The significant argument about lower penalty rates revolve around two issues, longer opening hours and better consumer services, and secondly, the economic impact.
The argument over opening hours for business is problematic. In retail, and some parts of hospitality, this is a regulated environment so reducing wage inputs is a meaningless argument. The lower penalty rates regime doesn’t affect cafes and restaurants on Sundays, so no 4pm smashed avo’s for you (unless they already do offer them). In hotels, even forgoing the previously mentioned regulatory environment, it is unlikely that pubs are going to open till midnight on a Sunday, when Monday is a ‘school-day’.
More importantly, lower penalty rates advocated by FWA (Fair Work Australia) has a minor effect on cost-structures, a conservative 3.5% for Sunday’s and an overall 0.5% on weekly expenditure. It will unlikely be profitably (thereby likely) to open for longer periods, opening/closing times provide marginal income, but a useful way to generate income when staff are either preparing for service, or cleaning down after service. No business is going to have staff stand around waiting to serve customers.
The economic impact will be negligible. FWA in their decision, recognised that there is wide-spread underpayment in the hospitality industry. Even despite that, most full-time permanent staff are paid salary. Those salary payments are not tied to award payments (despite award requirements). Chef-de-Patrie’s are typically paid $15 000 under award. Australian-trained Commis Chef salary level usually are about $3000-5000 less than a cook paid under a 457 visa. This also does not take into account the numerous EBA’s in the industry.
What this decision does allow, is the opportunity to measure economic impact of wages on the hospitality industry. FWA, despite protestations to the contrary, gave the Union movement every opportunity to provide an economic argument to justify retaining penalty rates. United Voice declined to meet this challenge, as they did when penalty rates were lowered in the Restaurant Award in 2014. In the latest review, employer groups presented over twenty witnesses from a broad-range of the sector, who provided comprehensive and multiple arguments for their case. United Voice presented 7, some who FWA dismissed since they were not Award employees but employed under EBA’s, this is gross incompetence and displays a continuing lack of concern by the Union dating back to the review under the previous Labor government that led to lowering of penalty rates under the Restaurant Award .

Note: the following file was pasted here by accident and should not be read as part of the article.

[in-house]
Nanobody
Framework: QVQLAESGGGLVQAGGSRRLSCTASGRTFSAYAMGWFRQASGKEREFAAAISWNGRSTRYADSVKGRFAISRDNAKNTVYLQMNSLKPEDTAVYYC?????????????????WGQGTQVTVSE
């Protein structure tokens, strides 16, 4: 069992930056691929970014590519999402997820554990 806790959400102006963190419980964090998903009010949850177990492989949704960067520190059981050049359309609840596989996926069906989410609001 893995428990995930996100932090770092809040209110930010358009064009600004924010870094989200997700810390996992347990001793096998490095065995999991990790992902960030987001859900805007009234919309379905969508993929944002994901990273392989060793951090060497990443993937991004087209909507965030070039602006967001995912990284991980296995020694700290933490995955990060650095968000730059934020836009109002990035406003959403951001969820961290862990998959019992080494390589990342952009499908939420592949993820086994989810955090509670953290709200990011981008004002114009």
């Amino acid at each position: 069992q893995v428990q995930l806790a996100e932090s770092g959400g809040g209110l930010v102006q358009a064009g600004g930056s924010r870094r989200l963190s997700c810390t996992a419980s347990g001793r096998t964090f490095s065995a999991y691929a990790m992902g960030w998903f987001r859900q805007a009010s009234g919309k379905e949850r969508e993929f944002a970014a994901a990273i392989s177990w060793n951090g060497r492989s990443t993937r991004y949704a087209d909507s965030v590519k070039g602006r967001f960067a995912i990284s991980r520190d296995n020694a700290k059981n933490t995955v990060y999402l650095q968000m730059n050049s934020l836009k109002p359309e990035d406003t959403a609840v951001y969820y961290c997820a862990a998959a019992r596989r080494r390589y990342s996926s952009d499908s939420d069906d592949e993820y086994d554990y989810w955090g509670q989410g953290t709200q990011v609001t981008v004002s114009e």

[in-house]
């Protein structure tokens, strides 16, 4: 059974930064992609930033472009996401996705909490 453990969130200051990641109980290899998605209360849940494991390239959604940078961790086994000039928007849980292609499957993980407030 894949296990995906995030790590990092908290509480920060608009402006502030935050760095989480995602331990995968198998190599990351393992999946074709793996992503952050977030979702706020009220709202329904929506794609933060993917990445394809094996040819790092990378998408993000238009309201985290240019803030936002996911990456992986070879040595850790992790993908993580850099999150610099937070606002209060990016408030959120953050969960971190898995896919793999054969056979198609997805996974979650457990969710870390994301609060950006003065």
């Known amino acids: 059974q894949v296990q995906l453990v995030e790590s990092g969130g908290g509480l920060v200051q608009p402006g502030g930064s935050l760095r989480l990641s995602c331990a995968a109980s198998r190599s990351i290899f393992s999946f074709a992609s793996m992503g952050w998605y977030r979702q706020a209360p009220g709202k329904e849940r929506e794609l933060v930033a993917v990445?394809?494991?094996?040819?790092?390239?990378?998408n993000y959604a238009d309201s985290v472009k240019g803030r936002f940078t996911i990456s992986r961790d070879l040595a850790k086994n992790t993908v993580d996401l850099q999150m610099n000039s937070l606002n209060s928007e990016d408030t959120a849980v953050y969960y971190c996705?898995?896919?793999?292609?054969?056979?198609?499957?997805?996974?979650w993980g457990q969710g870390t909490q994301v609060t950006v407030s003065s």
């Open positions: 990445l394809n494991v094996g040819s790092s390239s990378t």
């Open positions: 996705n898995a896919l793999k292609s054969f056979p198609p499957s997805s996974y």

Employer groups attacked the Unions at their strength, the social costs and impacts. The union movements argument was a weak, qualitative economic rebuttal, that ignored the legal framework FWA was based on. FWA recognised that employer groups made dubious economic claims based on flawed modelling, it gave the union movement every opportunity to dispute those arguments as part of the arbitration functions it operates under. Failure by the Unions to present a meaningful argument left FWA with no other choice, the unions involved allowed this decision to be enacted by acts of omission.
Employer groups challenged the unions on social grounds ( a perceived union strength) and won. Ironically, it is the economic argument that favours the union case. To prosecute, requires an alternative vision of the workplace, one that our conservative leadership does not have the vision or skills in order to adequately develop.